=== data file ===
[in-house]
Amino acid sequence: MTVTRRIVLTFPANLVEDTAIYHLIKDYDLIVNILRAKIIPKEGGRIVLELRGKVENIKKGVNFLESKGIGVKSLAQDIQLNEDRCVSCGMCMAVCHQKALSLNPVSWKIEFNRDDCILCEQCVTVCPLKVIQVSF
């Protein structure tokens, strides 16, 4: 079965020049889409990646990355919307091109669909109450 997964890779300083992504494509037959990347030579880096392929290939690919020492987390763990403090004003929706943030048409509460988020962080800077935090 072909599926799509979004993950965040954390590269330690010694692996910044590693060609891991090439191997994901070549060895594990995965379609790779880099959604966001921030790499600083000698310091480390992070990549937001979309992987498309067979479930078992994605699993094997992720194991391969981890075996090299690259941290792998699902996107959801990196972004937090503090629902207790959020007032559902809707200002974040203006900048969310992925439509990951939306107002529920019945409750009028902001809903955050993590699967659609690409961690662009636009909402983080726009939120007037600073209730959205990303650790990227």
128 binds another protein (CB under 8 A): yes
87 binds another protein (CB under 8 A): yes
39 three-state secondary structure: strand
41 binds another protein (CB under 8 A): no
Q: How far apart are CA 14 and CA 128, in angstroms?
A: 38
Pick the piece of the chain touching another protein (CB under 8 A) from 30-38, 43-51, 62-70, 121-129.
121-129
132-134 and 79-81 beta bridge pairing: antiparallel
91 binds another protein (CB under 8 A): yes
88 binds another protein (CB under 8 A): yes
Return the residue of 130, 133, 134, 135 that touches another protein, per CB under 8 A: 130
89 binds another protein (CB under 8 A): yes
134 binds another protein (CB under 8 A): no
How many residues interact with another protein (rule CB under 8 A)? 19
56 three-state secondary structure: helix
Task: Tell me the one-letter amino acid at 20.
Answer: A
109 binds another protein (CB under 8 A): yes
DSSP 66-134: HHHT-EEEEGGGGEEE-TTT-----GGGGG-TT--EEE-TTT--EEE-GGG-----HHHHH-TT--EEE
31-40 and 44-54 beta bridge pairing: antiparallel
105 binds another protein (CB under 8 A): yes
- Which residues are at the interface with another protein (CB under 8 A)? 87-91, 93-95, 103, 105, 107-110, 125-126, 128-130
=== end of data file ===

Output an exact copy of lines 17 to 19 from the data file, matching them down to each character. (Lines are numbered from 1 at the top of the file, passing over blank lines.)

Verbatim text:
134 binds another protein (CB under 8 A): no
How many residues interact with another protein (rule CB under 8 A)? 19
56 three-state secondary structure: helix